I got the crew together this week and we compared our Fat Kid’s Breakfast Stout to Founder’s Breakfast Stout.  Could our clone stand up to one of the most popular beers ever made?  For simplicity sake I will use FBS to stand for Founder’s Break Fast Stout and FKS for Fat Kid Breakfast Stout from here on out. 

The comparison:

I carbonated the FKS a little higher than I would have preferred but it didn’t really affect the taste or mouthfeel compared to FBS.  They were both similar in this aspect.

The FKS starts with delicate coffee aroma with some noticeable chocolate character in a supporting role.  The FBS had stronger coffee aromas which were more “brewed” than our clone.  The coffee aroma is more burnt so to speak and masks any chocolate aroma from what I could detect. 

FKS taste:
Coffee character immediately greets your palate.  Similar to the nose, the flavor is a delicate non-burnt/brewed character.  Big chocolate character comes in mid palate and has residual sweetness to round it out.  The finish is fairly sweet with smooth coffee-ness closing the show.

FBS taste:
You are immediately hit with coffee.  This coffee character is more of the “brewed” variety which is somewhat astringent or acrid.  Some good chocolate character comes in mid-palate with very little sweetness with it.  The finish has a muted grainy character followed by a long coffee dryness. 


The clone (FKS) has more residual sweetness available throughout the palate compared to the drier character of the original (FBS).  The sweetness helps round out the chocolate in the clone brew adding a bit of complexity in this respect.  The clone also had a more reserved coffee character which can be attributed to how we administered it in the brewing process.  The original recipe called for the first coffee addition to be added to the boil.  After researching our options we decided to cool our wort to 140 degrees before putting the coffee in to “brew”.  We were hoping to avoid the burnt/astringent coffee character which had been described when putting coffee in the boil.  This seems to be the difference between our coffee character, delicate, and that of the FBS, astringent/acrid (not that I claim to know how Founder’s actually makes there beer).  For the second addition of coffee we first cold brewed it in a large pitcher for about 24hrs and then added it to the fermenter.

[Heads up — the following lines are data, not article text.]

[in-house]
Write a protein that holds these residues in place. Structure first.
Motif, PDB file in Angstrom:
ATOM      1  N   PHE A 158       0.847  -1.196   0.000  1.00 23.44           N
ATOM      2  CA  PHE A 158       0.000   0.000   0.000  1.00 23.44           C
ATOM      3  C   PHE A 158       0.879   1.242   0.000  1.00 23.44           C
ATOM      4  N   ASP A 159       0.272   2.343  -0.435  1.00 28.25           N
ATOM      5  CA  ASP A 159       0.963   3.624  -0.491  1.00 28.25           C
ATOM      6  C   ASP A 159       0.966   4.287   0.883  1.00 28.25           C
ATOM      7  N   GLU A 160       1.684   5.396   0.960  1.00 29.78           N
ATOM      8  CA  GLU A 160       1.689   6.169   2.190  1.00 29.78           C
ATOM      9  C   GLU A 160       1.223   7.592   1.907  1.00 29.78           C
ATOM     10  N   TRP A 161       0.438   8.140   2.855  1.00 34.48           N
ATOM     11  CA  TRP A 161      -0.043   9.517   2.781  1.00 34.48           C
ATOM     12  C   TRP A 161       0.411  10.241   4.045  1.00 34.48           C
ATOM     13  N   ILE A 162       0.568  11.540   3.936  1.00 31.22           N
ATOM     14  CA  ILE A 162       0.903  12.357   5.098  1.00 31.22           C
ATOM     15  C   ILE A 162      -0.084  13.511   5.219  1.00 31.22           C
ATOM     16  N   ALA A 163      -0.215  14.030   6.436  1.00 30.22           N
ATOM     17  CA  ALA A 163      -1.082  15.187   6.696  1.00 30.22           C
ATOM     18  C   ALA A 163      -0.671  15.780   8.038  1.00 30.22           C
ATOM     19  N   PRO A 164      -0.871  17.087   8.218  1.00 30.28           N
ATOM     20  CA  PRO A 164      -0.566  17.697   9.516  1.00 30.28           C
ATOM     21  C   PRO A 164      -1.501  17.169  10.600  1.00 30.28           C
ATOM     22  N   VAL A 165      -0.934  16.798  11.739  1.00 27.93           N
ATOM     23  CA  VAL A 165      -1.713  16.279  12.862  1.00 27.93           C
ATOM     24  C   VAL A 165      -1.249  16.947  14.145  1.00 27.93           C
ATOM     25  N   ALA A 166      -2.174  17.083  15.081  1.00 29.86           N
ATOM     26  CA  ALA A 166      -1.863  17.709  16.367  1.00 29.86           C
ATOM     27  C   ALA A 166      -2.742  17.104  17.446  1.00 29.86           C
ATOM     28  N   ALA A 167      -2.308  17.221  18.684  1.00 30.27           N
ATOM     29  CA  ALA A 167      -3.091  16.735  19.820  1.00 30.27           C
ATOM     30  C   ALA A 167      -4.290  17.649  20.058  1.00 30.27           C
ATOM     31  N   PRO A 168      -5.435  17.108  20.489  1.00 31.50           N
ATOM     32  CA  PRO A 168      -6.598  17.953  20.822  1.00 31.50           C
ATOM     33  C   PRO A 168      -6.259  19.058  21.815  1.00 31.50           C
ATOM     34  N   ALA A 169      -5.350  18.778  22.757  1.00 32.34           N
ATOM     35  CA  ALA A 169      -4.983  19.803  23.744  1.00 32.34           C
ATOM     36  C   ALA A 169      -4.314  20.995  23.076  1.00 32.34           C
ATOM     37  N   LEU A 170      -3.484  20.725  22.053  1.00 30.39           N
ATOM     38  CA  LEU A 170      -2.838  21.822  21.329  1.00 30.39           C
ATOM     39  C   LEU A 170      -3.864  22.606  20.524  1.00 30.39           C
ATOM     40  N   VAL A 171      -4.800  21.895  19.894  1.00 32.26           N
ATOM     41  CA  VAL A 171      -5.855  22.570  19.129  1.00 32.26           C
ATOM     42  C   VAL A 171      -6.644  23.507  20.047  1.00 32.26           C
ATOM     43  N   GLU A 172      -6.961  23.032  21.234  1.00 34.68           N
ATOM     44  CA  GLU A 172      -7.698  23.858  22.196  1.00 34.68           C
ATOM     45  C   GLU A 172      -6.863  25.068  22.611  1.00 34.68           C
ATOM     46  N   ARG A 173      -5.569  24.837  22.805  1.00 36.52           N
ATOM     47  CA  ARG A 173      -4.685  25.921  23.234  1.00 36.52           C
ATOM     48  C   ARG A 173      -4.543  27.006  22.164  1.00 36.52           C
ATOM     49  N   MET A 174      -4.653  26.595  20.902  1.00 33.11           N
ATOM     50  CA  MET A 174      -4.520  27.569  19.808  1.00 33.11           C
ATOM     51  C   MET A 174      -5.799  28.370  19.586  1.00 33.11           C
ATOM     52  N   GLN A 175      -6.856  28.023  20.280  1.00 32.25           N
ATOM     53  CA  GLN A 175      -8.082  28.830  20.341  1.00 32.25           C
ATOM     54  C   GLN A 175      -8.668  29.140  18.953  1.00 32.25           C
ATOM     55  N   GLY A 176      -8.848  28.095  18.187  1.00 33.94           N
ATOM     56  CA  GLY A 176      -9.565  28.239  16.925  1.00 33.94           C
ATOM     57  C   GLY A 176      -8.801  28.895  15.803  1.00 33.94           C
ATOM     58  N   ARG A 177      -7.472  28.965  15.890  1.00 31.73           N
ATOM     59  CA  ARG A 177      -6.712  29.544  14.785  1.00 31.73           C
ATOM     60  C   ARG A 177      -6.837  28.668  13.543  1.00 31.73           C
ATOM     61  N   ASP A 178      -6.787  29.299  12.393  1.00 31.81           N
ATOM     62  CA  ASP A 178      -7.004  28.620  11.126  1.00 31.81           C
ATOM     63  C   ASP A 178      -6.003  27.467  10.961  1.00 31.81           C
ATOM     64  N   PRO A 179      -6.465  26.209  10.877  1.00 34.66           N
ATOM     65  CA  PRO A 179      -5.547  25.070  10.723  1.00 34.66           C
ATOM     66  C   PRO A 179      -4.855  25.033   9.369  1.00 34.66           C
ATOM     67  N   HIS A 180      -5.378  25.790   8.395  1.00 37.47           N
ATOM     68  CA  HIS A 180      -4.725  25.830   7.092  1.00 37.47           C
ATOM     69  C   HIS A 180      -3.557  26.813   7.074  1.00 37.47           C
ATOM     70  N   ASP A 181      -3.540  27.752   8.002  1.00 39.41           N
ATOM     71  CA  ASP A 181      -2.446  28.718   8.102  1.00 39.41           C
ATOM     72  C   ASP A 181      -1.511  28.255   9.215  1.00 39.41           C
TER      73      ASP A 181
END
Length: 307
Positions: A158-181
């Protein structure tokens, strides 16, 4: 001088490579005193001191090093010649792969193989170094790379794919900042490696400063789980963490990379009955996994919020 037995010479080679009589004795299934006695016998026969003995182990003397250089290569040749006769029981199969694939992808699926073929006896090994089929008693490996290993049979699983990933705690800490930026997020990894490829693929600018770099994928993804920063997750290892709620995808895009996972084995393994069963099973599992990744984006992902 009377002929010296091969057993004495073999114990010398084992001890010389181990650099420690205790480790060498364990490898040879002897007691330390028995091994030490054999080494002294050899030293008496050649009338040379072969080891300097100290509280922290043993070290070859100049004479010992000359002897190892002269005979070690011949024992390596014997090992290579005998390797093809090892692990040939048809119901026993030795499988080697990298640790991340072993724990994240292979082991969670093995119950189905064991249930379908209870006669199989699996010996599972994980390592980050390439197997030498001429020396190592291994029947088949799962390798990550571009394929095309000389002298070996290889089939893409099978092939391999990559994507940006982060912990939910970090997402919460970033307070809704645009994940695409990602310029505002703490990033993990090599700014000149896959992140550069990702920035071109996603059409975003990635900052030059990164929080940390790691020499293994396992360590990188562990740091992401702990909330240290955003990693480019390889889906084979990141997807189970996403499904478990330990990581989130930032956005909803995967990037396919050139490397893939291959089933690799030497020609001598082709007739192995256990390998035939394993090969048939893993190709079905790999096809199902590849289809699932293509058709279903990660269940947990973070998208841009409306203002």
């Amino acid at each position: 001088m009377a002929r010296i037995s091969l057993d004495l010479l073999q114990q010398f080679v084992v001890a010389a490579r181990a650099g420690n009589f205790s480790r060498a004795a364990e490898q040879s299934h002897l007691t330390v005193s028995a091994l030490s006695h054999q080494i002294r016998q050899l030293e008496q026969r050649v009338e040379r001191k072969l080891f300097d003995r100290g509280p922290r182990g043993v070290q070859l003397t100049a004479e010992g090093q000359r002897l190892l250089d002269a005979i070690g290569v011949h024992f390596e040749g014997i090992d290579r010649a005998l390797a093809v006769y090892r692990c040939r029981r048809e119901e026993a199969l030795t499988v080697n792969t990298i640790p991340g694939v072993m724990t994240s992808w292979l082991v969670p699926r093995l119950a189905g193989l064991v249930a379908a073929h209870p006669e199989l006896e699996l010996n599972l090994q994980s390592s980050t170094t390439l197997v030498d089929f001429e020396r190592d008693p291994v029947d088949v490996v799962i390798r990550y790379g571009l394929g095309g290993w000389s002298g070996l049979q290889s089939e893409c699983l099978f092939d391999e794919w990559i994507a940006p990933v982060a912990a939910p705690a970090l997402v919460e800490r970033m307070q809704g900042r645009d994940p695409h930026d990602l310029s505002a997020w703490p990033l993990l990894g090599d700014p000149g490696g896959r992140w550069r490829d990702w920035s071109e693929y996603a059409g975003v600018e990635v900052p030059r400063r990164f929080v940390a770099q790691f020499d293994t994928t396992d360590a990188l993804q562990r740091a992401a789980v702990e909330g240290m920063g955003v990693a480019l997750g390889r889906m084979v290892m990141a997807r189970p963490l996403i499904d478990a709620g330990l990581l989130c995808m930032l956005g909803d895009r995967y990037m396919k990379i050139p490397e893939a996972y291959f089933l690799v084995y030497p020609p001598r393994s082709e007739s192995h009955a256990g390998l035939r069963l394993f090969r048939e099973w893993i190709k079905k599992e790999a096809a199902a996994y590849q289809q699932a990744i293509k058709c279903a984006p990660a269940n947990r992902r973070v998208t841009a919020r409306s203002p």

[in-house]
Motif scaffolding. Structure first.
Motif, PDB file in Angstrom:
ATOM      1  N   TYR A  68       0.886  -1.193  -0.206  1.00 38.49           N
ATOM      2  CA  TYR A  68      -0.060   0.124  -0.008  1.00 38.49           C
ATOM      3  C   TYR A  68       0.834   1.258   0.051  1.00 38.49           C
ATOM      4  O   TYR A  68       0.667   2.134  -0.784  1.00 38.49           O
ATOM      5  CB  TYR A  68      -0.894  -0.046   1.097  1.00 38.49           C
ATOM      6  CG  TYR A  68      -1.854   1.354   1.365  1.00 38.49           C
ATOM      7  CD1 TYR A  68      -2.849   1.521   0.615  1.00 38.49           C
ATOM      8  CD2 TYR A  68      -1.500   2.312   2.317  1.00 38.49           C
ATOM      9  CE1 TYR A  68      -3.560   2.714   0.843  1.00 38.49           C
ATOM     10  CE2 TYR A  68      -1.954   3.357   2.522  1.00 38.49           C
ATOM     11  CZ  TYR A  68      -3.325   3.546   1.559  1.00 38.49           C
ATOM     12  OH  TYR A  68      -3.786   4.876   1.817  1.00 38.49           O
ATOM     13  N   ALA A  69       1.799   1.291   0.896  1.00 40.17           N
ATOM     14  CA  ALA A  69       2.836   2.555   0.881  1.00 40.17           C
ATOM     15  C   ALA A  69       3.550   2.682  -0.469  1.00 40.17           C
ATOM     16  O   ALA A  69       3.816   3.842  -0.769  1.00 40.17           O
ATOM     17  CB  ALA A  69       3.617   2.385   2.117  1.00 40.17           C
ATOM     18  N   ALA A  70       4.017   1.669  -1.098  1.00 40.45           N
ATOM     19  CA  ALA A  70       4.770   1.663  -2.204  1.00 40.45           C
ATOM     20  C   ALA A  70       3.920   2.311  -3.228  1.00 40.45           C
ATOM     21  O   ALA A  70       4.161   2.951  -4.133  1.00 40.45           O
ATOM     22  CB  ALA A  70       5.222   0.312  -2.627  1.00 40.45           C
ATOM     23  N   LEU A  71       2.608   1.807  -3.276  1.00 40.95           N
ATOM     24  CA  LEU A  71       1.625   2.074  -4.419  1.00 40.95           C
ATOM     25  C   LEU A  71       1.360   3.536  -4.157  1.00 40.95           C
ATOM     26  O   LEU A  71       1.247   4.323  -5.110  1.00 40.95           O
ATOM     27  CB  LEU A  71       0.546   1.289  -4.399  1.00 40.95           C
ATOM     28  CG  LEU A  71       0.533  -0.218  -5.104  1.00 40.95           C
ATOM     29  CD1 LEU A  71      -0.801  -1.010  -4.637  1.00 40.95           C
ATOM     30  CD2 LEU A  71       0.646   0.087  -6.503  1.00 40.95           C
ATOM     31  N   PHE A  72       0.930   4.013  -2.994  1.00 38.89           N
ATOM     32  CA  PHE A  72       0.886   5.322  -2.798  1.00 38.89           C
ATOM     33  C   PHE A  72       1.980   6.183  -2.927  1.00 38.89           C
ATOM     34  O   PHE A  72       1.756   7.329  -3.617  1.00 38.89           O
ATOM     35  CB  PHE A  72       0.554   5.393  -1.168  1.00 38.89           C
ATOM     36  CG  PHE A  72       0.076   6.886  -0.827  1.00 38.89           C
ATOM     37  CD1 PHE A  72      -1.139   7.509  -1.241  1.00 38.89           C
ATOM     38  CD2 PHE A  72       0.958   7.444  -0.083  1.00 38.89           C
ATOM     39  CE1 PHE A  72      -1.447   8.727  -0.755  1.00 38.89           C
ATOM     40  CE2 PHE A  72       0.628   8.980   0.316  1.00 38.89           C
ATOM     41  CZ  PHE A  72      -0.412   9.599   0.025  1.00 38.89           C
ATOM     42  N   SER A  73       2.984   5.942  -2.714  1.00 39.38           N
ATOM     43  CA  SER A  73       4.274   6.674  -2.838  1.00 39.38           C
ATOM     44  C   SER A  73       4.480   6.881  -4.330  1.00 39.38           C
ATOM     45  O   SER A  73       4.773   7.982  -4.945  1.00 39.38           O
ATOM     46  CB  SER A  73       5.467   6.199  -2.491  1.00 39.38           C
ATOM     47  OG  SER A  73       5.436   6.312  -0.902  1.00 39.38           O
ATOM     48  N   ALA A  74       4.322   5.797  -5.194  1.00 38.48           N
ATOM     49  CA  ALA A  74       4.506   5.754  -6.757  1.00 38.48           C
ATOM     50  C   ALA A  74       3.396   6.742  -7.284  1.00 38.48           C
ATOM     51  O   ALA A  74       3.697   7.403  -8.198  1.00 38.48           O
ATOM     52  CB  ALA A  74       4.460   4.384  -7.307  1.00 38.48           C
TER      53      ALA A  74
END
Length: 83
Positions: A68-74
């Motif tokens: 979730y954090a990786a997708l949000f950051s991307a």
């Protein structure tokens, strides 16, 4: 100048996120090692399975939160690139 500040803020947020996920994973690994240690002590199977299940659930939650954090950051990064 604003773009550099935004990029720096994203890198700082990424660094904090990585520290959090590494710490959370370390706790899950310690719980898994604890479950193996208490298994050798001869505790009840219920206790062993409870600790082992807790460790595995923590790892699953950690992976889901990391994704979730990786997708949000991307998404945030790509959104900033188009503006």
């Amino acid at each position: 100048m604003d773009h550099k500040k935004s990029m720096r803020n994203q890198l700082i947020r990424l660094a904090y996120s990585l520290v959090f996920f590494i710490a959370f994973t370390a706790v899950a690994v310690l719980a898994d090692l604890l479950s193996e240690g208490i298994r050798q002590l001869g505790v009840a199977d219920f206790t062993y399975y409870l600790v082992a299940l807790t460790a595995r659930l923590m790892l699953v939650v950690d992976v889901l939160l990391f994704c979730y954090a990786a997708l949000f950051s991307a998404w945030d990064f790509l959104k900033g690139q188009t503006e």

Overall, I would say this clone is very very close to the original.  Without drinking these two side by side I thought the clone was spot on.  I’ve had a FBS within the last week, so my taste memory was fairly up to date at the point I tried the FKS by itself.  When trying them side by side, the subtle differences became apparent.  We also broke out a year old FBS which had a more subtle coffee character compared to the fresh FBS.  The year old FBS’s coffee character was very similar to our clone.  I will call this clone a big success.  I think the recipe is about as close as you can get to the original without actually stealing it from Founder’s. 

Are you ready for the KBS version?  Go bourbon soaked oak chips, Go!

Here's the recipe if you care to experiment in your own mad scientist lair:

Fat Kid's Breakfast Stout

Wednesday, December 5, 2012

Who Makes Your Beer?

Is it important to you who makes your beer?

Do you support local by buying local as much as possible?